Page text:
Page:Dictionary of National Biography volume 32.djvu/92

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foreign superiors. In accomplishing this Langfranc was often unjust, and did not always even go through the form of consulting a synod (Orderic, p. 523). In ecclesiastical appointments it is evident that he was consulted by the king, for the new bishops were generally 'scholars and divines' (Contitutional History, i. 283). Some of the abbots were men of a lower stamp, and oppressed their monks. Almost without an exception foreigners alone were promoted to high office in the church, and brought with them ideas and fashions that tended to assimilate the English church to the churches of the continent. Lanfranc held the ignorance of the native clergy in scorn. While, however, he remained a foreigner to the English, to the world at large assumed the position of an Englishman, writing ‘we English' and ‘our island.’ One effect of the appointment of foreigner; prelates was the decree of the council of London in l075, which removed bishops' sees from villages to cities. The change had begun in the of the Confessor; but rt was largely developed under Lanfranc, in accordance with continental custom. In another synod which he held at Winchester in April 1076 a decree enjoined clerical celibacy. On this point, which was then one of the principal futures of the papal policy the English custom was lax. Lanfranc refrained from laying too heavy a burden on the married clergy. But no canons were allowed to have wives, and for the future no married man was to be ordained deacon or priest. The parish priests who already had wives were not, however, compelled to part with them. The laity were warn against giving their daughters in marriage without the rites of the church. A comparison between the writings of Abbot Ælfric (fl. 1006) [q. v.] and the frequent stories of miracles connected with the holy elements in books written in England utter the Norman conquest points to a change in the position of the national church wit reference to eucharistic doctrine, which, to a large extent, must no douby the attributed to the influenoe of Lanfranc.

Later in the year Lanfranc, accompanied by the Archbishop of York and the Bishop of Dorchester went to Rome to obtain certain privileges for the ring from Greggry VII, and carried rich gifts from William to the pope. On their return in 1077 they stayed or some time in Normandy, and were present with the king and queen at the dedication of the cathedrals of Evreux and Bayeux, and of the church of Lanfranc's former house, St. Stephen's at Caen. He visited Bec and while there lived as one of the brethren of the house. In October he dedicated the church of Bec, which had been begun when, at his request, Herlwin moved the convent. His affection for monasticism was evident in his administration of the English church, and one English chronicler calls him ‘the father and lover of monks.’ An attempt, led by Walkelin, bishop of Winchester, to displace monks by canons in his and other cathedral chapters, and even in the church of Canterbury, though approved by the king, was defeated by Lanfranc, who obtain a bull condemning the scheme, and ordering that the metropolitan church should be by monks. At the same time it is doubtful whether he approved of the exemption of abbeys from episcopal jurisdiction, which was then becoming frequent, for Gregory VII blamed him for not checking the efforts of Bishop Herfast [q. v.] to bring St. Edmund’s Abbey under his control.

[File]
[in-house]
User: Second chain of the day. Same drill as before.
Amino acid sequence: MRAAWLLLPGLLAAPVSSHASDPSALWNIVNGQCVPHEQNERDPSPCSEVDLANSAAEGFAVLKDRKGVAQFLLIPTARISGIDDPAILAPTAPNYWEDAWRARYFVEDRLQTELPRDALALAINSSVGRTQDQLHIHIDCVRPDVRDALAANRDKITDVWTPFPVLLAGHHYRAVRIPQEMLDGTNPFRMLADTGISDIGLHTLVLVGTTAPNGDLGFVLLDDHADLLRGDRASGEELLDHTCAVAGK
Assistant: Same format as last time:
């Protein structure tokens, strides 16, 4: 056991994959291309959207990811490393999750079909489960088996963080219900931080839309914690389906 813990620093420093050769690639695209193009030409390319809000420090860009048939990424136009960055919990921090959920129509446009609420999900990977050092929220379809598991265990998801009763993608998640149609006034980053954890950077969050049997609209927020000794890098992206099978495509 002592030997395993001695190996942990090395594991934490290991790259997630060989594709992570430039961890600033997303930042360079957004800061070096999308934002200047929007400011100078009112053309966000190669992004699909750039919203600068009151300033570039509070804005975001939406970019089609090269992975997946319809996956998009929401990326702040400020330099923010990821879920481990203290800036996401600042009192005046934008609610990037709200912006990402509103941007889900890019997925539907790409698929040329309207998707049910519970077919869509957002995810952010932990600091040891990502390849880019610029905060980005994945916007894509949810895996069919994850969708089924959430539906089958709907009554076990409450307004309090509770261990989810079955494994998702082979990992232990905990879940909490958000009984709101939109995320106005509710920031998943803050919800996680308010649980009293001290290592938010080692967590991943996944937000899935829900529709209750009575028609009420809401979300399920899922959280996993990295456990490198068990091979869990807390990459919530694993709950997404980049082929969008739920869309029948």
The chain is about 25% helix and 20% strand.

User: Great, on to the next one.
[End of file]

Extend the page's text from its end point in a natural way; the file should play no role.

Owing to William’s determination to he supreme alike in church and state, Lanfranc's relations with the papacy were sometimes strained. When the king refused some demands made by a legate on behalf of the pope, Gregory laid the blame on Lanfranc. The archbishop answered that he had tried to persuade the king to act differently. About 1079 Gregory reproved him for keeping away from Rome; he was not to allow any fear of the king to hinder him from coming ; it was his duty to reprove William for his conduct towards the holy see. Lanfranc declined this and similar invitations until (in 1082) Gregory summoned him to appear at Rome on the ensuing l Nov. under pain of suspension from his office. There is nothing to prove that this threat drew Lanfranc to Rome. On the question of the schism in the papacy he wrote with caution; while rebuking a correspondent for abusing Gregory he informed him that England had not yet acknowledged either of the rivals (Ep. 65).

Lanfranc asserted his full rights within his diocese and brought a suit against Bishop Odo for the restoration of lands and rights belonging to his see. The cause was decided in his favour by the shire-moot of Kent on Ponnenden Heath under the presidency of Bishop Geoffrey of Coutances, and Lanfranc regained the lands unjustly taken from his church by other a besides Odo, and established his claim to certain rights and immunities, both in his own lands and in the lands of the king. The decision of the local court was approved by the king and his council. Lanfranc spent his revenues magnificently. His cathedral church had been burned in 1067. In the short space of seven years he rebuilt it in the Norman style. His new church was